Our beloved hands are coded by the same genes that make fish fins.
Kinda looks like an end-boss in an RPG.
Looks like happy hour isn’t just a human thing.
The discovery highlights how trait functions can change with evolution.
University of Rochester researchers developed a new evolutionary model that suggests human intelligence developed to meet the demands of our infants, in a self-reinforcing cycle: bigger brains led to shorter pregnancies, requiring parents to have even bigger brains.
A deep, low pitch voice is often sought after in a man, but a new study suggests this characteristic might have evolved to intimidate other males, not attract females.
Found in only eight caves on the border of Thailand and Myanmar, this eyeless fish can walk.
What does a weird tendon on your inner wrist have to do with evolution? This video explains.
Researchers have manipulated the genome of chicken embryos so that they develop dinosaur-like bones in their lower legs.
A new study measuring the forces that shape bacterial genomes determined that a difference in efficiency of hundredth of a percent is sufficient to determine the winners and losers in the evolutionary race.
The latest, most complete tree is the result of a three-year effort by researchers from over a dozen institutions from around the world. They combined tens of thousands of diagrams into one single tree, most easily read as a circle.
New research shows that the first vertebrates had a surprisingly easy time adapting from fins to legs.
A new study examined the way gene families evolve from ancestral genes, finding the original genes were promiscuous in that they had a wider range of function than the later descendant genes, which often evolved to be more selective in their effects.
The exciting implication of this is that evolution can evolve to get better at evolving in exactly the same way that a neural network can learn to be a better problem solver with experience.
Where are all the aliens? Why haven’t we seen or heard their signals from space? Could we really have been the only planet where life evolved?
Once with the advent of agriculture, and its spread to Europe from the Near East, human society was transformed forever. Resources became more plentiful, communities could stay in one place and develop, and humans were free to pursue other activities. Agriculture turbo boosted the division of labor, an essential prerequisite to any civilization. Agriculture not only transformed human society, it also modified our DNA. A first of its kind study compared the DNA of ancient humans who lived between 8,500 and 2,300 years ago. The analysis revealed that humans underwent widespread genetic changes that influence height, immune system, digestion and skin colour once agriculture was introduced.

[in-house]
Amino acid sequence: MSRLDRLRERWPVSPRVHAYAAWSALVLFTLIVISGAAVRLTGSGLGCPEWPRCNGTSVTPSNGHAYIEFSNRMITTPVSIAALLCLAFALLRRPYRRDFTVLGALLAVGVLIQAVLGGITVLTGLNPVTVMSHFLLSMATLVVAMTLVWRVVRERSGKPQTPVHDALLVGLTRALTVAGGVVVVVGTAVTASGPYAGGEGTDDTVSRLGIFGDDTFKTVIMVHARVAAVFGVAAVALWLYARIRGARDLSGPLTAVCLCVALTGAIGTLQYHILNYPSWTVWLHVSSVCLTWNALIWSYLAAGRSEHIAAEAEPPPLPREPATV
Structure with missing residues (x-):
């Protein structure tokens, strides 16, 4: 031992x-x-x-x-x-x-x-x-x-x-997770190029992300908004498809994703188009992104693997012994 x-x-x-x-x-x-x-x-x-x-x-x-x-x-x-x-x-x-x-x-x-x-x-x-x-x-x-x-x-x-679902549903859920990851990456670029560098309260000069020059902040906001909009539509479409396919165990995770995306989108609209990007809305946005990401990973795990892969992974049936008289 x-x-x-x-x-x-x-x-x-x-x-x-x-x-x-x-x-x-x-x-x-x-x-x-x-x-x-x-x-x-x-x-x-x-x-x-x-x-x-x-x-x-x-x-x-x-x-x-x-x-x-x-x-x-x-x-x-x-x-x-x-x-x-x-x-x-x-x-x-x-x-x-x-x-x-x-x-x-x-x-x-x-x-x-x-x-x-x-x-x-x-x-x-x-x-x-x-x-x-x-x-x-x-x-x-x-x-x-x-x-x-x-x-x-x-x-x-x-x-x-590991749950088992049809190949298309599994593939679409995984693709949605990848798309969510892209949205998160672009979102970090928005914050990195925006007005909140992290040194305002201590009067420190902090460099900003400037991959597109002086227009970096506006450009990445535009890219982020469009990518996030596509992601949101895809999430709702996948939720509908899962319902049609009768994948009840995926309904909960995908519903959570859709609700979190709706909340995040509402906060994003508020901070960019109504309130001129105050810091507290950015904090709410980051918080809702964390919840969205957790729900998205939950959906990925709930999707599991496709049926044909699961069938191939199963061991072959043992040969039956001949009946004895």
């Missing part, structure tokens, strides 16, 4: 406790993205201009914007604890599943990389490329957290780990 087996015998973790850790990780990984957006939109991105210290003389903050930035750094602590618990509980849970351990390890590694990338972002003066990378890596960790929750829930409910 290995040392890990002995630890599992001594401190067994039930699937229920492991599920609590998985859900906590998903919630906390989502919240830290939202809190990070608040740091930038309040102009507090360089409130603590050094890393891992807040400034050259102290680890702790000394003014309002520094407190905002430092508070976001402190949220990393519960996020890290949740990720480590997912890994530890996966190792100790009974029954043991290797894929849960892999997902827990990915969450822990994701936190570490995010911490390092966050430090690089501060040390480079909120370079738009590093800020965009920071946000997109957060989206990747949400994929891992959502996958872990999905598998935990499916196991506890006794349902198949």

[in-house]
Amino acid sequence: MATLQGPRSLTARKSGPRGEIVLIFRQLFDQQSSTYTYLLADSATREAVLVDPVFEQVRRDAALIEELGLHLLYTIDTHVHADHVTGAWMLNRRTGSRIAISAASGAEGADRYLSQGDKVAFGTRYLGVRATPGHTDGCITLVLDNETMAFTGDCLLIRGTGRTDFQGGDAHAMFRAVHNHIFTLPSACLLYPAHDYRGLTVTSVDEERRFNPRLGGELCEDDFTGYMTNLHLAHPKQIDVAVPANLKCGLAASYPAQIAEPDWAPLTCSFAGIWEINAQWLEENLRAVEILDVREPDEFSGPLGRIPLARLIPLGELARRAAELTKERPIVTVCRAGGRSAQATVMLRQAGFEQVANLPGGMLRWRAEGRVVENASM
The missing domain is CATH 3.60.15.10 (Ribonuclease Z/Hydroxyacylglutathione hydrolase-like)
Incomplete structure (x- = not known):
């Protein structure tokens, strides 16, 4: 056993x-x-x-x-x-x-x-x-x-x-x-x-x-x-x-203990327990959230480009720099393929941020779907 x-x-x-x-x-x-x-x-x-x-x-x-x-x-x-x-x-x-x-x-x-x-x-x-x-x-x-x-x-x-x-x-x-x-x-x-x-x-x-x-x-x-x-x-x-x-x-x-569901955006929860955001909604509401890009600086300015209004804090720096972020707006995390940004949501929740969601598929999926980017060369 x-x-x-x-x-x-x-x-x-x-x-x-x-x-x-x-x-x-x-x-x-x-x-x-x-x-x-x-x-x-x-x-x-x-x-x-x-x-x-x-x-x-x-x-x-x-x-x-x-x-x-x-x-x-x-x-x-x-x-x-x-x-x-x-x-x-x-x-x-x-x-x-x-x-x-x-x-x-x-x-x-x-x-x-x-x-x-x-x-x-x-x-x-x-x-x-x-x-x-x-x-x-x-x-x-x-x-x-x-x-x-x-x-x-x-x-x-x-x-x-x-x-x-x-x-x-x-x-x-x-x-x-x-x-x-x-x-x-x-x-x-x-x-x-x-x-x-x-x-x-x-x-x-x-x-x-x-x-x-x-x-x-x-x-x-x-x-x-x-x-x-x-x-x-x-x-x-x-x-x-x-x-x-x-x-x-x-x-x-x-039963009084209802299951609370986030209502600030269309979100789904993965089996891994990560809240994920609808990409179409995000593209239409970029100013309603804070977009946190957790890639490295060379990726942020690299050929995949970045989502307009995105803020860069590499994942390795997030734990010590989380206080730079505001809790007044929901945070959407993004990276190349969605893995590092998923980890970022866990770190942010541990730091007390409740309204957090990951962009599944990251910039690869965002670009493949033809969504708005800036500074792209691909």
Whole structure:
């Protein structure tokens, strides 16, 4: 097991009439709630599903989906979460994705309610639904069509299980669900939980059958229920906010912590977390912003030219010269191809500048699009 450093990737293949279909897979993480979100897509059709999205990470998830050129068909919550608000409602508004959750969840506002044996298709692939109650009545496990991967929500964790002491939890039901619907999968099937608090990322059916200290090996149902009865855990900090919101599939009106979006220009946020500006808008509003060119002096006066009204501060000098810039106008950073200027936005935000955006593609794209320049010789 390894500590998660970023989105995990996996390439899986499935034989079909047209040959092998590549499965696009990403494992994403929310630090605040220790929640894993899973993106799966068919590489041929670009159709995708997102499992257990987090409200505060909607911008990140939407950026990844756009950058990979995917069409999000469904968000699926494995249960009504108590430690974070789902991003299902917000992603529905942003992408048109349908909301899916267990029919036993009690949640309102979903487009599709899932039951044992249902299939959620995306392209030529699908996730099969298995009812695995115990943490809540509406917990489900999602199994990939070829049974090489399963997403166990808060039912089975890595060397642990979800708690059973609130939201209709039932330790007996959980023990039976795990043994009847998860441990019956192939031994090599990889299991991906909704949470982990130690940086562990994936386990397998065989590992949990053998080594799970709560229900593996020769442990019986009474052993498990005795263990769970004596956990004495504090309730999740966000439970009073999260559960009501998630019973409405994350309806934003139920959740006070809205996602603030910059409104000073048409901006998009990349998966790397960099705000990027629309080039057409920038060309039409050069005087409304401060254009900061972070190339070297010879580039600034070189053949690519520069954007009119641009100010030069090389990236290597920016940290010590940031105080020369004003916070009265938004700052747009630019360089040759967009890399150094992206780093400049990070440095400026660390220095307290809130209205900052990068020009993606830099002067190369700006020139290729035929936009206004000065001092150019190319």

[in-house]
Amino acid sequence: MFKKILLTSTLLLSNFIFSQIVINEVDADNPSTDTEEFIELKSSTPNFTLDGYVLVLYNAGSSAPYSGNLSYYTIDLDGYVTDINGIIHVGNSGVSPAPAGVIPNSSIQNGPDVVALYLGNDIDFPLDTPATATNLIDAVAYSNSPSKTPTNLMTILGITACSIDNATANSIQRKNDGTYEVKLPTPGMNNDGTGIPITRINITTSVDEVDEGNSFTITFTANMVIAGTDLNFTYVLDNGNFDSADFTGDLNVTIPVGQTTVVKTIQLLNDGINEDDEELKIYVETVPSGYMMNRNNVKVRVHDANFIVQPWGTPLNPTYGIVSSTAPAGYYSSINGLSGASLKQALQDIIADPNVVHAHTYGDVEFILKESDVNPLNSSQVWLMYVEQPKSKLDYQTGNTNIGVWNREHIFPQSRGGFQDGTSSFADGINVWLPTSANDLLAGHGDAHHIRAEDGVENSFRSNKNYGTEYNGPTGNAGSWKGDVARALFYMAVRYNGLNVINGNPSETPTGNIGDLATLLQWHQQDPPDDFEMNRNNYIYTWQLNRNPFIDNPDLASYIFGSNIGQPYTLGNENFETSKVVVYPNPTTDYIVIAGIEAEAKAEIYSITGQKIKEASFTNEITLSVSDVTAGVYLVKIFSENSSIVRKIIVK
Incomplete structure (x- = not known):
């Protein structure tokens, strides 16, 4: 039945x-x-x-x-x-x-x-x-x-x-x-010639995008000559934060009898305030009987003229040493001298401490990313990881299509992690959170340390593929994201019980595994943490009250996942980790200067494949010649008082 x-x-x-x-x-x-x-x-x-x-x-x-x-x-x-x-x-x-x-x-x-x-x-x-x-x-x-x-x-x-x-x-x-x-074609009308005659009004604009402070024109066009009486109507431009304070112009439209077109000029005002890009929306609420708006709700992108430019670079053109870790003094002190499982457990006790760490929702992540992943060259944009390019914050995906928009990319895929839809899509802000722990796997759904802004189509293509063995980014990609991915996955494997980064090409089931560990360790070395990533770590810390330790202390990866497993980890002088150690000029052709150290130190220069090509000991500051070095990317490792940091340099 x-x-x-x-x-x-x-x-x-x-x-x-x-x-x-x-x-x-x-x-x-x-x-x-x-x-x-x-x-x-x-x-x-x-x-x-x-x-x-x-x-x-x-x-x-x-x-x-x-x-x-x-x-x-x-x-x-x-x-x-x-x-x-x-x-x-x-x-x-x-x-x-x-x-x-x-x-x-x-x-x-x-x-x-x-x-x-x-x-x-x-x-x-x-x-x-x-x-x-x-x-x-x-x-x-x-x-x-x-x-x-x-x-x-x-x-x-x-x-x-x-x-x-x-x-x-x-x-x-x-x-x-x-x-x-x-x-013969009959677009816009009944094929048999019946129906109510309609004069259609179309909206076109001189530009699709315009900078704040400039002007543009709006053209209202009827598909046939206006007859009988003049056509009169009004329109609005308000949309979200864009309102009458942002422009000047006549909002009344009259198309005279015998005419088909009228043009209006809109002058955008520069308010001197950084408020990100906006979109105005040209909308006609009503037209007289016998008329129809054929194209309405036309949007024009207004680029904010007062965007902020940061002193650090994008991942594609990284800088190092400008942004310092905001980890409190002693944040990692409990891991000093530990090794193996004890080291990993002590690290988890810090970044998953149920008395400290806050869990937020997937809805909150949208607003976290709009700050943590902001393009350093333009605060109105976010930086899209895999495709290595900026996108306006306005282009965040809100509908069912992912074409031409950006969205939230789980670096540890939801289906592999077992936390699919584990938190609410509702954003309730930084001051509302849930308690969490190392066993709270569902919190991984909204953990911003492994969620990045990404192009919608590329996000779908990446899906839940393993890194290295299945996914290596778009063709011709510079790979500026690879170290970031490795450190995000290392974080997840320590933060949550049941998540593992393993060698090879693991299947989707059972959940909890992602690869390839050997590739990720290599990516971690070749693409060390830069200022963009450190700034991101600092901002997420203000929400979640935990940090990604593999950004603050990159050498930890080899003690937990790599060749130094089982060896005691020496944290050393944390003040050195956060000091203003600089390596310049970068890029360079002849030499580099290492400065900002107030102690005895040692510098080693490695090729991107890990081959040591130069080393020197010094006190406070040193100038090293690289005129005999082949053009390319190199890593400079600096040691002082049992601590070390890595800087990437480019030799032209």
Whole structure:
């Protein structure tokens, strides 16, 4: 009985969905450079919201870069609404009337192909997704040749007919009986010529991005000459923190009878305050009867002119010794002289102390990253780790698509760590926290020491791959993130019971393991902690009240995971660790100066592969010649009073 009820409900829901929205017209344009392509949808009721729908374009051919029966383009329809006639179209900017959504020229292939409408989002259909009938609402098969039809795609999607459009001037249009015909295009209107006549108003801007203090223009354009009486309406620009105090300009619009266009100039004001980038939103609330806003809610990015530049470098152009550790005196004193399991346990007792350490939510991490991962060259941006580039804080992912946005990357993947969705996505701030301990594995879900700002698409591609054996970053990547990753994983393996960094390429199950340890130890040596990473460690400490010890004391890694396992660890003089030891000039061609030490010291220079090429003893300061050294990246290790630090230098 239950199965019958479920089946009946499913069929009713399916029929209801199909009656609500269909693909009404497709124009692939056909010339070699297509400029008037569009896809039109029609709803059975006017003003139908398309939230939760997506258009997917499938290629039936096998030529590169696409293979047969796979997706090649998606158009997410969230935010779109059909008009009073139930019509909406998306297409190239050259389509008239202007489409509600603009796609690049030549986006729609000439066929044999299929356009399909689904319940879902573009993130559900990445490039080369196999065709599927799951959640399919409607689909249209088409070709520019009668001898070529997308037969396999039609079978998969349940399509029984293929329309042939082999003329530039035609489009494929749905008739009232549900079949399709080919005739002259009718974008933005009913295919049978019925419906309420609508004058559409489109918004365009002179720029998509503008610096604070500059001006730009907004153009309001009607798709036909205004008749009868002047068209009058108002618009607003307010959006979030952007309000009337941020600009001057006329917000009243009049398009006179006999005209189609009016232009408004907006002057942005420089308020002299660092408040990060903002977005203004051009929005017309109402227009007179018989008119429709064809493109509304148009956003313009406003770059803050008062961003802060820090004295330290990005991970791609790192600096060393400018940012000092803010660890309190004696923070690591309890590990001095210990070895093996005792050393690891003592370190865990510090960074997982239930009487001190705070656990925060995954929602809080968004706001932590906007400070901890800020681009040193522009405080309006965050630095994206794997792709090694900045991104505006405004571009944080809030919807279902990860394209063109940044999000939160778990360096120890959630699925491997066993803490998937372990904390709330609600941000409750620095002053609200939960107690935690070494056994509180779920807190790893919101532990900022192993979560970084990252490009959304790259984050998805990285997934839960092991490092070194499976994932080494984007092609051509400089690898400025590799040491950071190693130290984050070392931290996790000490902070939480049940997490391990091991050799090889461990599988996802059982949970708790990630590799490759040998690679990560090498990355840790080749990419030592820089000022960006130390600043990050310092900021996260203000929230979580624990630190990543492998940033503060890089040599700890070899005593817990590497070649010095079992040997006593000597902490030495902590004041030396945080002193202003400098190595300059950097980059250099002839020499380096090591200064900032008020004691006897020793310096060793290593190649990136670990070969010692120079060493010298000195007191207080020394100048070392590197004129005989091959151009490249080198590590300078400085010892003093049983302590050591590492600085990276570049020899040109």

As more Millennials are leaving religion in droves, or choosing not to identify with any faith, acceptance of evolution among the public strengthens.
Self-preservation and reproduction are the most powerful instincts, and life forms on Earth have devised all sorts of gimmicks and tactics to become successful (pass on those genes). Just look at the male ruff sneak tactics to grab girls. There are three distinct approaches: the cocky aggressive, the sneaky ‘satellite, and the cross-dresser. You might think this isn’t necessarily peculiar in itself. After all, human males employ similar approaches to seek women’s attention. The peacock, the friend-zone dude, the jock, the joker etc. What’s odd about ruff males is that this behavior is coded inside their genes – from the way they act, to how their plumage looks like. And they’re all, ultimately, males of the same species.
The concepts of biodiversity and evolution are generally thought of as something that occurs in thousands, maybe millions of years – but every once in a while, scientists catch a species red handed: evolving, becoming a new species.
We humans arguably came to dominate the world thanks to our dexterous hands, which allow gripping tools and manipulating objects. An eccentric professor at University of Utah agrees, but with a twist. According to David Carrier there’s a secondary evolutionary driver that led our hands to reach their current shape and dexterity: fist punching. To illustrate his hypothesis, Carrier turned to a macabre experiment in which cadaver hands clenched in various positions, from open hand to a good old sucker punch fist, were bashed against a dumbbell. Carrier showed that a fist could handle the strike with double the force supported by an open hand before bones started to break.